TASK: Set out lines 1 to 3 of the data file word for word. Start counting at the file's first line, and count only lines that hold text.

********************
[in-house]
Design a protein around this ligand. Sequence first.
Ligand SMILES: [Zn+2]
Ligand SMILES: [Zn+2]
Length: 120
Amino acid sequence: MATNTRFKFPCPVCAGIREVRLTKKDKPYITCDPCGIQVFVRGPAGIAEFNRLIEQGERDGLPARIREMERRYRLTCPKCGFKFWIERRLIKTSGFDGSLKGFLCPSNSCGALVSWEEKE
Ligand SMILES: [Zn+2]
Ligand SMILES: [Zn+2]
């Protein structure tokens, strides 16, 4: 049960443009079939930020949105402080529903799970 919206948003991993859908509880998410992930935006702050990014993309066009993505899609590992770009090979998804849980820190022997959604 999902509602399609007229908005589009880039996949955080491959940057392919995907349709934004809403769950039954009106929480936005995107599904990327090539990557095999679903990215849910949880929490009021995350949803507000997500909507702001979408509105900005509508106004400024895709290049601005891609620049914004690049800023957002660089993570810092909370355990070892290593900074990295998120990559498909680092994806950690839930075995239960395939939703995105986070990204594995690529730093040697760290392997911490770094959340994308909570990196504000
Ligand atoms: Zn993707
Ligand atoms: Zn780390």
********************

[in-house]
Design a protein around this ligand. Sequence first.
Ligand SMILES: [Zn+2]